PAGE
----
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February 17, 1971 - Image 8

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Publication:
The Michigan Daily, 1971-02-17

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Page Eight

THE MICHIGAN DAILY

Wednesday, February 7, 197

Regents
change
judic plan
(Continued from Page 1)
-An alteration in the procedure
for selection of the members of the
judicial system's court of appeals,
the presiding judge, and a com-
plaint referee who would adminis-
ter the system. Under the commit-
tee's plan, the appointments to
these posts would be approved by
SGC, Senate Assembly, and the
Regents. Under the regental. draft,
SGC and Senate Assembly would
nominate a slate of candidates
equal to double the vacancies, from
which the Regents would make the
actual appointment.

dormsDAILY OFFICIAL

to boycott
lettuce
(Continued from Page 1)
in West Quad to discuss the rec-
ommendations of the Rates Com-
mittee regarding next year's dorm
contract rates.
The board hopes to approve the
committee's recommendations in
time for them to be considered at
the Regents meeting on Friday.
The Rates Committee presented
the possibility that they may be
able then to recommend a some-
what smaller increase than the
$137 already proposed.
The matter of additional student
housing was discussed, but con-
troversy over the best site for the
proposed low-cost housing units
prevented the endorsement of a
number of recommendations made
by the ad hoc housing board, a
student subcommittee of the policy
board.
All board members agreed that
construction of a large number of
apartment units was an urgent
need. However, ecological objec-
tions were raised to two specifical-
ly proposed sites for the construc-
tion, the former Residential Col-
lege site in the Huron River Val-
ley and part of the golf course at
Stadium and Main St.

-Associated Press
Army war dissenter
Lt. Locis Font of Kansas City, Mo., announces his request to a
military court to ban alleged restrictions on his freedom of speech.
Font, a Vietnam war dissenter, claims that the charges against
him result from his public exposure of conditions at Ft. Meade, Md.
PETITION CIRCULATED:
~Free Angela Davis'
crr~n htllv miphnl

I:UJL L :III :
The Daily Official Bulletin is an
official publication of the Univer-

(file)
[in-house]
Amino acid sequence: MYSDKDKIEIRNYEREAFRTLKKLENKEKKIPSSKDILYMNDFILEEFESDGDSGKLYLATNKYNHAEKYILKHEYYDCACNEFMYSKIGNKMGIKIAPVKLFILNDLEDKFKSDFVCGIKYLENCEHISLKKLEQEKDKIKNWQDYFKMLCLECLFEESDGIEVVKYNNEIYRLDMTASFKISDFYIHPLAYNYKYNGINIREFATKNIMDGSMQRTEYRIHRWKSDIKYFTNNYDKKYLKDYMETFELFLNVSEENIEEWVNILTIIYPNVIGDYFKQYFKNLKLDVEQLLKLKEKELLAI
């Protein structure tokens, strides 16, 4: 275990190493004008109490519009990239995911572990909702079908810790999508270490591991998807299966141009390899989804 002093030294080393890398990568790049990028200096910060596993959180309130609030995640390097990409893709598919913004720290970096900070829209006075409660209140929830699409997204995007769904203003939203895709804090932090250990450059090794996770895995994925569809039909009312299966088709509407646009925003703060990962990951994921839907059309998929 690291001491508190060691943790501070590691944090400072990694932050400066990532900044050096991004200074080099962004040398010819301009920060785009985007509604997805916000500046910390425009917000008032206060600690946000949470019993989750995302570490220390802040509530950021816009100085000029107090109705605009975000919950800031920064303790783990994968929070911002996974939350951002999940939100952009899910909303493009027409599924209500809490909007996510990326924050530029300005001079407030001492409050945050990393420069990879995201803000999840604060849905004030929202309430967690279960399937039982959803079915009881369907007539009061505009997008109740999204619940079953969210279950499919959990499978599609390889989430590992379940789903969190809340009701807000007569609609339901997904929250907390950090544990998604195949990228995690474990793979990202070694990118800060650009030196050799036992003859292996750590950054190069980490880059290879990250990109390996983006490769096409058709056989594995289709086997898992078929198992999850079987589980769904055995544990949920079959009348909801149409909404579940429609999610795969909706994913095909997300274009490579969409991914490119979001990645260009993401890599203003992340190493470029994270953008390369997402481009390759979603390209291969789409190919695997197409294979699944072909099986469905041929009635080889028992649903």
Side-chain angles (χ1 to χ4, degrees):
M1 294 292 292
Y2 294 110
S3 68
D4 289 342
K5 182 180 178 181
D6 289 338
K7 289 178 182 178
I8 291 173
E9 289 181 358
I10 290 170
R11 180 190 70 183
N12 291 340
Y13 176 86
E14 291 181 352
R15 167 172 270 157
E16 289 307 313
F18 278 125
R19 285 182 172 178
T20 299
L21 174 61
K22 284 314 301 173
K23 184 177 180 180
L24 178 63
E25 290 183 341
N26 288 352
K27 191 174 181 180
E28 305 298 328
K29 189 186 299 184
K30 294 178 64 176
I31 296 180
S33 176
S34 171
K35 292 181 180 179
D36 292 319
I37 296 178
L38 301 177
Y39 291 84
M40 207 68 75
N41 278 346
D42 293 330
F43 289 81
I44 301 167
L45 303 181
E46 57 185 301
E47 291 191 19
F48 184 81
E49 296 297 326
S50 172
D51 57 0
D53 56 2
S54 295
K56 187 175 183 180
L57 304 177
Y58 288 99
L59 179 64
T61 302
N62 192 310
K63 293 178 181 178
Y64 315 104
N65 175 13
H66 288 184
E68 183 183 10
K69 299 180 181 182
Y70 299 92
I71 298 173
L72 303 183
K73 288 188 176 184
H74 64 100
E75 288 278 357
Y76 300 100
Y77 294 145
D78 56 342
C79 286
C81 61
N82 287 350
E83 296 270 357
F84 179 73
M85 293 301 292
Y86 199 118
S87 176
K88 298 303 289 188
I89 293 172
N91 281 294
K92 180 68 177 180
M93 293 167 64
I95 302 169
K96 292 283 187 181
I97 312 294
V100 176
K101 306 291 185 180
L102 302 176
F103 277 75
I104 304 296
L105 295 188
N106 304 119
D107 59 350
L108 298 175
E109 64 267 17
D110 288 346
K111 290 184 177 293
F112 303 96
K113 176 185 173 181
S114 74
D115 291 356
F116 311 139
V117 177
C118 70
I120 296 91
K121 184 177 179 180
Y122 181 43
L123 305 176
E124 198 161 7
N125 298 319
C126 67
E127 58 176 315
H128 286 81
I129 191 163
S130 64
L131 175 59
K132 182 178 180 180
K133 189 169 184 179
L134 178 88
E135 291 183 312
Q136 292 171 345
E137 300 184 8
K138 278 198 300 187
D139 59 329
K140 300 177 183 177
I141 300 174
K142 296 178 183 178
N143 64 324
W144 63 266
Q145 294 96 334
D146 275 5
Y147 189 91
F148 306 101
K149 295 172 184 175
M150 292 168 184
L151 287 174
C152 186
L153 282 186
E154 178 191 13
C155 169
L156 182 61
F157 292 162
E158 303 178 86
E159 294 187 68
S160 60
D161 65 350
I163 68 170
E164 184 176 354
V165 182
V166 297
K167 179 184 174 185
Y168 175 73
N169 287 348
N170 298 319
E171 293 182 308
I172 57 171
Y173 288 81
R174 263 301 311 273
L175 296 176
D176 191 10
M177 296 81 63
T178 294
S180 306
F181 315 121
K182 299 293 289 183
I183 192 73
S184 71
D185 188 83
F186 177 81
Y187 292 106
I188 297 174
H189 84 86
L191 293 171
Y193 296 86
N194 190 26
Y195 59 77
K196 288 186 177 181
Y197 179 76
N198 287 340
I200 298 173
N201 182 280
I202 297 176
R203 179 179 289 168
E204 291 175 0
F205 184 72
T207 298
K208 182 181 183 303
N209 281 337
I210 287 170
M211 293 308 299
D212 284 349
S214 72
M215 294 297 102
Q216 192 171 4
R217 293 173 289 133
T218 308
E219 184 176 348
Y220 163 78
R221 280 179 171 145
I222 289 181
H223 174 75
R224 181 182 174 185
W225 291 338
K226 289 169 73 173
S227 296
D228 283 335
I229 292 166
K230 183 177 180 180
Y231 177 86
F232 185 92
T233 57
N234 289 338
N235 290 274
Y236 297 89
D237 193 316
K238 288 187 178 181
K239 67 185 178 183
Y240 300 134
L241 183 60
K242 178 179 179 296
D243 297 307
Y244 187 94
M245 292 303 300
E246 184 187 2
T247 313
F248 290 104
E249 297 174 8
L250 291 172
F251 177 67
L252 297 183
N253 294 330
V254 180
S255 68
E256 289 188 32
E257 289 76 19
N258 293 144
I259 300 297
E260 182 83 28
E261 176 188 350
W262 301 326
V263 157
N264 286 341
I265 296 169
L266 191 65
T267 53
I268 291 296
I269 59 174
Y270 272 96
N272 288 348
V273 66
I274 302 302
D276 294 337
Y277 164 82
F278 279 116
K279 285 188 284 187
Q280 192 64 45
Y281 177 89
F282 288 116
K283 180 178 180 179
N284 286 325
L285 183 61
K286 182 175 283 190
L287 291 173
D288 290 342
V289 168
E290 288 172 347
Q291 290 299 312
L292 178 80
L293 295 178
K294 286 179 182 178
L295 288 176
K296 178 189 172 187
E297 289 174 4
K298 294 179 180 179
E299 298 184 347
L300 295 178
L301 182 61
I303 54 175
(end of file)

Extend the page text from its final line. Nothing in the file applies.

sity of Michigan. Notices should be -
sent in TYPEWRITTEN f o r m to
Room 3528 L.S.A. Bldg., before
2 p.m., +f the day preceding pub-
lication and by 2 p.m. Friday for
Saturday and Sunday. Items ap-
pear enly once. Student organiza-
tion notices are not accepted for
publication. For more information,
phone 764-9270.
WEDNESDAY, FEBRUARY 17
Day Calendar
Anatomy Seminar: Dr. J. Lillie, "Some
Effects of Prostaglandin E, on the
Normal and Isoproterexol-Stimulated
Parotid Gland," 4804 Med. Sci, II, 1:10
p.m.
Social Work Film: "I Am Juaquin,"'
2065 Frieze Bldg., 2 p.m.
Botany Seminar: Dr. D. Fox, Cran-
brook, "Carotenoid Pigments in Plant
and Animal Metabolism," 1400 Chem.
Bldg., 4 p.m.
Joint Colloquium with Wayne St.
Univ.: E. Montroll, U. of Rochester,
"Quantitative Aspects of Social Phe-
nomena" Rm 170 P&A Bldg., 4 p.m.
LBaha'i Fireside: Baha'i faith Informa-
tional mtg., Mosher Hall Lounge, 7:30
P.m.
Chemical Engineering Lecture: B.
Carnahan, t"The IBM 360/67 Computing3
System and MTS," Nat. Set. Aud., 7:30j
p.m.
School of Music: Univ. Symphony, De-
bussy's Festivals: Morgenstern's "La-
ment for Ignacio"; Haydn's "SymphonyI
in G," Hill Aud., 8 p.m.I
University Players: "The Devils,"
Trueblood, 8 p.m.
Musket: "My Fair Lady," Lydia Men-
delssohn, 8 p.m.
General Notices
Alliance Francaise d'A n n A r b o r
and Romance Languages Illustrated
Lecture (in French): J. Prinet, Paris,
"Le Bibliotheque Nationale; son role,"
E. Conf. Rm., Rackham, 4 p.m.
Foreign Visitors
Following persons can be r e a c h e d
through Foreign Visitor Div., Rms. 22-j
24, Mi: Union, 764-2148: A. Dekanov ic,
Yugoslavia, Feb. 17-21; A. Mori, Tokyo,
Japan, Feb. 22-23.
r'--
Placement
3200 S.A.B.
Further information about following
announcements can be obtained from
Career Planning, 3200 S.A.B.:
AFS Committee, Summer Service
- Abroad, positions in Latin Amer., Cuba,
1 Europe, Middle East, Africa, Soviet Un-{
ion.
Pratt Inst., graduate program inj
creative packaging, fellowships avail-'
S able.
0
SUMMER PLACEMENT SERVICE
212 S.A.B.
e Please direct questions about the
following announcements to SPS, 212
SS.A.B., phone: 764-7460, ask for Sum-
mer Placement. Appts. may be made
S by phone or in person:
- FEB. 18:
Detroit Edison, Detroit. Openings for
and control, engineering field of res.,
devel., design production, and sales;
S also biology.
-FEB. 20:
sCamp Lenni-Len-A-Pe, N.Y. coed, in-
terview Sat. from 9-5, rm. 3616 S.A.B.,
tennis, golf, ham radio, and electron-

ics, sailing, canoeing, skiing, tripping,
athletics, arts and crafts, riflery.
Camp Mataponi, Maine, girls. Inter-
view from 10 to 3, rm. 3524 S.A.B.,
openings for waterfront, landsports,
drama. Must be 20 or over.
Good Humor Co., Detroit. Interview-
ing from 9 to 5; good paying jobs;
openings in other cities.
B.E.S.T.S., Chicago, N.Y., interview
from 1:30-4:30. Now is your chance for
first-hand info on jobs anywhere in
Europe; details at SPS.
* * * *
SUMMARY OF ACTION TAKEN BY
STUDENT GOVERNMENT COUNCIL
AT ITS MEETING
FEBRUARY 10, 1971
Appointed: Marty Scott and Rebec-
ca Schenk to attend the Inter-Govern-
mental Symposium to be held on
February 20, 1971.
Approved: That Friends of Edge
City be recognized as a student or-
ganization.
Approved: That MATURE (Mature
Adults Trying Urgently to Receive
Equality) be recognized as a student
organization.
Defeated: That SGC allocate $30 to
Zero Population Growth. Roll call vote:
Yes: Ackerman, Lewin. No: De Grieck,
Heyn, Hunt, Oesterle, Schenk, Spears,
Teich, Thee. Abstained: Lessem.
Approved: That SOC allocate up to
$250 for advertising purposes for stu-
dent registration drive. Roll Call vote:
Yes: Ackerman, De Grieck, Heyn, Hunt,
Lessem, Lewin, Oesterle, Schenk,
Spears, Teich, Thee.
That Jerry De Grieck, Andre Hunt